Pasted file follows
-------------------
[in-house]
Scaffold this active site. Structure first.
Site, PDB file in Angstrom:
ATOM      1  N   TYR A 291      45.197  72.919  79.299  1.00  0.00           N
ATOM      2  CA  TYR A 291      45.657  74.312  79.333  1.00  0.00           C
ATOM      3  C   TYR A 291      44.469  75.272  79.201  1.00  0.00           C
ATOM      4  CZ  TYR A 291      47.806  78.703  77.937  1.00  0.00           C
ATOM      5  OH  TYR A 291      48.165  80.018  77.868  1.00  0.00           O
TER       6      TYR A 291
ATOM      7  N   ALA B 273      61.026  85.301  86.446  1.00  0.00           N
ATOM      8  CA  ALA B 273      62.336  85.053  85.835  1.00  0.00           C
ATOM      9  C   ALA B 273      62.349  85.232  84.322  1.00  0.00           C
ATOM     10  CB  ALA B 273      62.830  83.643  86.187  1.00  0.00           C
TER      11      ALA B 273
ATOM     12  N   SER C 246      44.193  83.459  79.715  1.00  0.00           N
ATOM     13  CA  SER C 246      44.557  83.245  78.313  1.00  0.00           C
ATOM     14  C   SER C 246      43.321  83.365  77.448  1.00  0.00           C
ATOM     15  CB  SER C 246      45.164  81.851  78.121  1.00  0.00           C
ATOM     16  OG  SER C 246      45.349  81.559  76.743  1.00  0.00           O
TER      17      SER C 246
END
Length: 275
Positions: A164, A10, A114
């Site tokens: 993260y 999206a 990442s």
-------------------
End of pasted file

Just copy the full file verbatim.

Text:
[in-house]
Scaffold this active site. Structure first.
Site, PDB file in Angstrom:
ATOM      1  N   TYR A 291      45.197  72.919  79.299  1.00  0.00           N
ATOM      2  CA  TYR A 291      45.657  74.312  79.333  1.00  0.00           C
ATOM      3  C   TYR A 291      44.469  75.272  79.201  1.00  0.00           C
ATOM      4  CZ  TYR A 291      47.806  78.703  77.937  1.00  0.00           C
ATOM      5  OH  TYR A 291      48.165  80.018  77.868  1.00  0.00           O
TER       6      TYR A 291
ATOM      7  N   ALA B 273      61.026  85.301  86.446  1.00  0.00           N
ATOM      8  CA  ALA B 273      62.336  85.053  85.835  1.00  0.00           C
ATOM      9  C   ALA B 273      62.349  85.232  84.322  1.00  0.00           C
ATOM     10  CB  ALA B 273      62.830  83.643  86.187  1.00  0.00           C
TER      11      ALA B 273
ATOM     12  N   SER C 246      44.193  83.459  79.715  1.00  0.00           N
ATOM     13  CA  SER C 246      44.557  83.245  78.313  1.00  0.00           C
ATOM     14  C   SER C 246      43.321  83.365  77.448  1.00  0.00           C
ATOM     15  CB  SER C 246      45.164  81.851  78.121  1.00  0.00           C
ATOM     16  OG  SER C 246      45.349  81.559  76.743  1.00  0.00           O
TER      17      SER C 246
END
Length: 275
Positions: A164, A10, A114
């Site tokens: 993260y 999206a 990442s």